IIJG Research

2006 | Sephardic DNA | Destroyed Communities | 2007 | Darbenai Kinship | 2008 | Ancona Networks | Sephardic Elites | Cervera Archives | 2009 | Riga Registers | Hungarian Protocols | 2010 |Hungarian Families | 2011 | Hapsburg Families Spanish Extremadura | 2012 | Piotrków Trybunalski | 2013 | Jews of Pinczow  | Jews, Frankists and Converts  |  Jewish Community of Tarrega | 2014 |Vienna’s Jewish Upper Class | Hispano-Jewish Onomastics | 2015 | Modern Genealogy of Polish Jews | Reading Between the Lines |

Sephardic Origins And Familial Transformations in the Spanish Extremadura

Overview of the Project
On 16 October 2011, the International Institute for Jewish Genealogy and Paul Jacobi Center (IIJG-PJC) fundedthe Sephardic Origins and Transformations in the Spanish Extremadura project that was conducted by Dr. Roger L. Martínez-Dávila. Over the course of two years, the researcher performed onsite archival, electronic, and text-based research on the late medieval Sephardic Jewish communities of the Spanish Extremadura. This research identified over 900 Jewish and converso (Jewish converts to Christianity) individuals who lived in-between the twelfth and eighteenth centuries of the common era. From this investigation, the researcher developed a genealogical database (a GEDCOM file) that was delivered to the IIJG-PJC on 17 June 2014.
Overview of the Sephardic Extremaduran Database
The Sephardic Extremaduran Genealogical Database is an electronic file that reports the personal and familial background for Jewish, converso, and a few Christian individuals (who were closed associated with Jewish and converso persons). The file, or database, is a standardized GEDCOM (GEnealogical Data COMmunications. GEDCOM) format. The database was created using RootsMagic 6 (a Windows OS software application).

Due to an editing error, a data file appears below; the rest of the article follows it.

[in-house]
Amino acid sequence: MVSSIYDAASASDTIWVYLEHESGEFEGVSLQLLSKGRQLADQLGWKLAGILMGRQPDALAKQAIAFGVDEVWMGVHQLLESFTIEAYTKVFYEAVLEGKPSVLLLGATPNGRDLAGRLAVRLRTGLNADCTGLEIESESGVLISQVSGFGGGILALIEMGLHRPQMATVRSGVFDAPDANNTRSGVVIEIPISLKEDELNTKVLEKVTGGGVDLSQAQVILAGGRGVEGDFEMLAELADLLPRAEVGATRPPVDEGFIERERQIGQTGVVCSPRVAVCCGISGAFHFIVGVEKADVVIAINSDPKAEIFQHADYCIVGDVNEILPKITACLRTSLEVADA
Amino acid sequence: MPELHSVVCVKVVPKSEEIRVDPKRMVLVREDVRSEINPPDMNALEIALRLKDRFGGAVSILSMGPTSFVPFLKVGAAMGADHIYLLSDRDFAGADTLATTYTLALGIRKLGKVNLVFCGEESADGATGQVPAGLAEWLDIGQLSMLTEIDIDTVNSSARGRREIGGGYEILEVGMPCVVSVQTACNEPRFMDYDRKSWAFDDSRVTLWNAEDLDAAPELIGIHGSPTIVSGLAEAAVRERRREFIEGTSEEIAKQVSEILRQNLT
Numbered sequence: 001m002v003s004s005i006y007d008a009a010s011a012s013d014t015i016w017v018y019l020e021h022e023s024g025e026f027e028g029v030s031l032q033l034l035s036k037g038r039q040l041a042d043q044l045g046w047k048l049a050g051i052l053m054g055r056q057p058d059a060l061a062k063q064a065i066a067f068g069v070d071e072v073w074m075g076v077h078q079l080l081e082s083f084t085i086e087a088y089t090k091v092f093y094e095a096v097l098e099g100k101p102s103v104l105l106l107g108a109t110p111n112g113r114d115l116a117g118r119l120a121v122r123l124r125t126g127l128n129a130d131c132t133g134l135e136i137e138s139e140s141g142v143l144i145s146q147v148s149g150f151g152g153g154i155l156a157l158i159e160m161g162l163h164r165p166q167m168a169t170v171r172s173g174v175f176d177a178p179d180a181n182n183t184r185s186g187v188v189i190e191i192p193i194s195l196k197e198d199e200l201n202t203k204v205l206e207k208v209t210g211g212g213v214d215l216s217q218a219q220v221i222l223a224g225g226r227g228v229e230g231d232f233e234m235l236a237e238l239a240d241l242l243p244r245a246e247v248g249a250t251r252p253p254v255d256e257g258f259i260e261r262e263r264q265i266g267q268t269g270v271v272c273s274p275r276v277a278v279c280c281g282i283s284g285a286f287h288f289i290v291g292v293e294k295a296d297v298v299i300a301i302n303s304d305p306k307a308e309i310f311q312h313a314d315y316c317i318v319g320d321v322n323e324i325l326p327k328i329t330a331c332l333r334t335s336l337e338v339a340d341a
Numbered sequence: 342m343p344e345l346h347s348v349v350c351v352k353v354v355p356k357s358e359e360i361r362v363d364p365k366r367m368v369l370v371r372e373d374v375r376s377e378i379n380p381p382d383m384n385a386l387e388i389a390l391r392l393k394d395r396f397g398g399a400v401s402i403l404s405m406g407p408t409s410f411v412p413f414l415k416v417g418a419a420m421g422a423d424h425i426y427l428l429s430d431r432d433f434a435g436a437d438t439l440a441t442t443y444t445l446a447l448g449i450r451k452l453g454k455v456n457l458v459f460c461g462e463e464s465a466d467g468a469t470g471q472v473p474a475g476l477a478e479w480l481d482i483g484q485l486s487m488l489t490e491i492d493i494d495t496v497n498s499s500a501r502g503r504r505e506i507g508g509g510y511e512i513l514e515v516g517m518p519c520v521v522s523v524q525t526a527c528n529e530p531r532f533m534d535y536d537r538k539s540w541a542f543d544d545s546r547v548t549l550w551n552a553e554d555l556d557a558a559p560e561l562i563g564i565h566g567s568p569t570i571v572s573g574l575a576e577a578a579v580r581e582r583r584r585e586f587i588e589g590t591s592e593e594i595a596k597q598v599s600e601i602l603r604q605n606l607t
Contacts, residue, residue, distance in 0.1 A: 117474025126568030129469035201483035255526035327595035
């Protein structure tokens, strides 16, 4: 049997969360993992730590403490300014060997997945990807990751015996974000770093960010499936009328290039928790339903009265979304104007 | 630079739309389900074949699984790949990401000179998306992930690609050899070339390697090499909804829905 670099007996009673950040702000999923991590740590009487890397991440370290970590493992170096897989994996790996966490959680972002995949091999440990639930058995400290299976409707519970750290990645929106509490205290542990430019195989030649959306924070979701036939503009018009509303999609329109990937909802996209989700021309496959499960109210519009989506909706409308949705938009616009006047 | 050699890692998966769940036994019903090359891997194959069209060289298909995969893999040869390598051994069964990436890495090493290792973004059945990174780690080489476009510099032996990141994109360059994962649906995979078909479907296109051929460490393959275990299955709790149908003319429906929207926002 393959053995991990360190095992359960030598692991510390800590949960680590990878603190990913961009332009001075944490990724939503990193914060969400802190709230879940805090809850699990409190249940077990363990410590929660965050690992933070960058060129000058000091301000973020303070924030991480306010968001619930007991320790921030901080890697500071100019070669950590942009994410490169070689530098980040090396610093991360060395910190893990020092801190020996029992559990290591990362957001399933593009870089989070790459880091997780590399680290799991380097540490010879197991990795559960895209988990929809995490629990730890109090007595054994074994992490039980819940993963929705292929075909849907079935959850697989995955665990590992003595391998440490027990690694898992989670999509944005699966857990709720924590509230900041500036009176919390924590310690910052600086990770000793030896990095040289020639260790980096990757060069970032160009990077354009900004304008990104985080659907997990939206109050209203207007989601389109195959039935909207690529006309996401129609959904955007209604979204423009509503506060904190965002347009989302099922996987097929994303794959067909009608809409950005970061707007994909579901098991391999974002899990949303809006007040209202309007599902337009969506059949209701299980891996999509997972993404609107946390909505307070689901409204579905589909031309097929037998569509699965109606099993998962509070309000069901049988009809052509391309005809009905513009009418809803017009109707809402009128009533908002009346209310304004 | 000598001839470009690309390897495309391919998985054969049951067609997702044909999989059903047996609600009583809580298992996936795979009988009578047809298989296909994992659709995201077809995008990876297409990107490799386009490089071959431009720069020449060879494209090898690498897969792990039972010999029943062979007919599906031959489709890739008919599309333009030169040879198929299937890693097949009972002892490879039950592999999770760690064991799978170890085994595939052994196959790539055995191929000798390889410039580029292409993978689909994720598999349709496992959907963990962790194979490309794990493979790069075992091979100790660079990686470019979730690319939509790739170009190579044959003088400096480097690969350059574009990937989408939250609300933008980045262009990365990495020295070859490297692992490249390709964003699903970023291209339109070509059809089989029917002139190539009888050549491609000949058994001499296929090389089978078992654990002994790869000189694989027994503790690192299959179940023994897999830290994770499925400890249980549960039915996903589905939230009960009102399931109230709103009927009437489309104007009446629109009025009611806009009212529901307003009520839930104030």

Some the characteristics of the Sephardic Extremaduran Genealogical Database include:

  • 924 individuals,
  • 123 families/surnames,
  • Earliest date for an individual is 1153 C.E. (common era) and the latest is 1706 C.E.,
  • 3,503 recorded life “events” – for example “living” in a particular village,
  • 50 place locations,
  • 28 primary and secondary sources, and
  • 1,202 individual citations recorded.

Research Methods and Sources

Dr. Martínez conducted original research in Spain for this project, as well as employed three undergraduate students in the preparation of the database. Dr. Martínez wishes to acknowledge the important efforts of the following University of Colorado-Colorado Springs students: Ms. Kim Sweetwood, Mr. Andrew Roome, and Ms. Kelcey Vogel. The three primary methods of conducting research for this project included: Onsite review of manuscripts and documents in local municipal, ecclesiastical, and national archives in Spain,

  • Electronic review of the Spanish Ministry of Educacion, Culture, and Sports online search tool for national and state archives (known as the Portal de Archivos Españoles, or PARES, http://pares.mcu.es/), and
  • Textual review of printed primary and secondary sources.

Due to reduced funding for the project, as well as Dr. Martínez being denied access to cathedral archives in Plasencia (Spain) and Coria (Spain) because of church staffing limitations, project research and findings were scaled back. However, the delivered database (17 June 2014) included over 900 persons of Jewish and converso status. In limited cases, Christians closely-associated with Jewish and converso persons were included in the database as well.

The local Spanish institutions consulted onsite by Dr. Martinez included the Archivo Historico Municipal de Bejar, Museo Judio David Melul (Bejar, Spain), Archivo Historico Municipal de Coria, Archivo Historico Municipal de Ciudad Real, Archivo de la Catedral de Ciudad Real, Archivo Historico Municipal de Plasencia, Biblioteca del Seminario Mayor Diocesano de Plasencia, Archivo Historico Nacional (Madrid), and Archivo del Duque de Alba.
Via the the Portal de Archivos Españoles, the following archives were consulted: Archivo General Simancas (AGS) – Valladolid, Archivo del Duque de Alba, Archivo de la Real Chancilleria de Valladolid, Archivo Historico Nacional (Madrid), and Archivo Historico Nacional-Sección Nobleza (Toledo). Dr. Martinez consulted multiple printed primary and secondary sources as well.
Online Resources
Access the Internet-based version of the Sephardic Extremaduran Genealogical Database.